So how do I choose? Do I choose the character she should be with, the one who would make a great relationship and role model for love? Or do I choose the one who I know will cause her pain, but might actually be the stronger, greater love, even if it’s not always healthy?

Honestly, I still don’t have it entirely figured out. I have strong reasoning and motivation for both. But reading Kate Brauning’s post and some of her other tweets helped to open my eyes. YA relationships don’t have to be perfect. Really, they shouldn’t. Because real life relationships, especially teenage ones, are rarely perfect. It would give me an opportunity to really explore the ups and downs of relationships, all the messy tangles of love. Not to mention that the rocky, imperfect love might simply make for a better story.

What do you think? Do you prefer characters who are perfect for each other and relationships that are healthy? Or a more raw, complicated love story that might be a little more true to real experience, especially in YA?

TBAS Snapshot

I know I missed last week, but it’s finals and life has been crazy for me. But good news, I’ll be done with the semester after this week and free for an entire month! But here’s the snapshot for this week with an extra long excerpt as promised 🙂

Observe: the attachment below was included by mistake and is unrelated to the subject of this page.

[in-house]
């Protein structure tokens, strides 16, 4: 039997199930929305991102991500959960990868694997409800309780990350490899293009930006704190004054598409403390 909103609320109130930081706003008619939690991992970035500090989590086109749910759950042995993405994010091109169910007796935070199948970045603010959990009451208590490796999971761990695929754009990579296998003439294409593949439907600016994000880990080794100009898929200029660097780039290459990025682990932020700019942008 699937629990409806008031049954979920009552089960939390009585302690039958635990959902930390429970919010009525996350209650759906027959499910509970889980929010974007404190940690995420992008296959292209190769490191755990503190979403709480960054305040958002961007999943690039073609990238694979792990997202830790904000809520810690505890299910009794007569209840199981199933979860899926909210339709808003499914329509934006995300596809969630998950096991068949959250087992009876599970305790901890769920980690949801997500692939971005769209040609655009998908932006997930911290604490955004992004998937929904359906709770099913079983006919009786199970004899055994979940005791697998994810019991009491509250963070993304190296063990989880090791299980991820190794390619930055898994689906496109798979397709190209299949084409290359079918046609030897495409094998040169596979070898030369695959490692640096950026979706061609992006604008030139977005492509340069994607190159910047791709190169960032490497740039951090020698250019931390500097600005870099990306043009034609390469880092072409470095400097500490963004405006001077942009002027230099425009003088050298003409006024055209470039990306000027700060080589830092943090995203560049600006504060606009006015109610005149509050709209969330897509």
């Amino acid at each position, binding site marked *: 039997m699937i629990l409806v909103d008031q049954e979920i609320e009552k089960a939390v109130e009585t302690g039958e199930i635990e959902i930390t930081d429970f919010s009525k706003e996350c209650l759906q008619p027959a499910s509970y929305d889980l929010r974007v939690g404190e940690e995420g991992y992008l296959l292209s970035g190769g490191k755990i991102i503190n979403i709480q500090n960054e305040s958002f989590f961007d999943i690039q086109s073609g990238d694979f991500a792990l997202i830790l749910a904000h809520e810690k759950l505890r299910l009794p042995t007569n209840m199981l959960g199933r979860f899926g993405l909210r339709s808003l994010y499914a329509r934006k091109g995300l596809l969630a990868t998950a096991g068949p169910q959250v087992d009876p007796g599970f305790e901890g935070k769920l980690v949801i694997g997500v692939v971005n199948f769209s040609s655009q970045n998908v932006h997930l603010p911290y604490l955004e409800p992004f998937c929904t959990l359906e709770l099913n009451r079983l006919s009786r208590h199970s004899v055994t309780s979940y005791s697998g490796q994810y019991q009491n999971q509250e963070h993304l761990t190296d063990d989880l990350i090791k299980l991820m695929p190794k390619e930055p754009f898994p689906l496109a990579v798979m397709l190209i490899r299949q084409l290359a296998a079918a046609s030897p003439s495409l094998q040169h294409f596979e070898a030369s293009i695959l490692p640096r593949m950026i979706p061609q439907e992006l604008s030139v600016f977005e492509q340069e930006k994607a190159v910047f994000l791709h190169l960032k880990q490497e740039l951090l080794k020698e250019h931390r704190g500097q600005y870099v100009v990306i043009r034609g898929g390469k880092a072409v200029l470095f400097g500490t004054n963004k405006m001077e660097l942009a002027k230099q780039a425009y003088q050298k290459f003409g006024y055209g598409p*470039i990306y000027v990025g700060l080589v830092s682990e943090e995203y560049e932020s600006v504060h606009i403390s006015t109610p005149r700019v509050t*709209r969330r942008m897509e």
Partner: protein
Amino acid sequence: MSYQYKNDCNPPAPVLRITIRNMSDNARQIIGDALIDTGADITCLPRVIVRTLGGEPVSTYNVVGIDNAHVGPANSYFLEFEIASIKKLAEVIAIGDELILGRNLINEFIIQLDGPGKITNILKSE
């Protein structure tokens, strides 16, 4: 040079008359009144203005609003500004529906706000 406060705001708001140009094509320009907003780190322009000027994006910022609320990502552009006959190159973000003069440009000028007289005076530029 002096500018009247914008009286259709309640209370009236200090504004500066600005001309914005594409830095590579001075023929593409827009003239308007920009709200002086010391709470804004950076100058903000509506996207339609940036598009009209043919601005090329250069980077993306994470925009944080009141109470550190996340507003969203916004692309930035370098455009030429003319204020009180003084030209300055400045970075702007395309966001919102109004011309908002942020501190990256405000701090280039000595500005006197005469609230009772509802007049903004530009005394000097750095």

Title: Ember

Current word count: 81,117

Words written this week: about 2,000

Words cut this week: about 2,000

What I’m working on: Polishing. I worked with an editor for the first 10k and used her comments to apply to edits to the rest. I added a couple action scenes, cut down some other ones, and polished the prose and voice. It really made a huge difference, even the small details and changes. I wanted to really perfect it before pitmad, SFFpit, and PitchMas. Also, I just made a couple big submissions, so fingers crossed! 🙂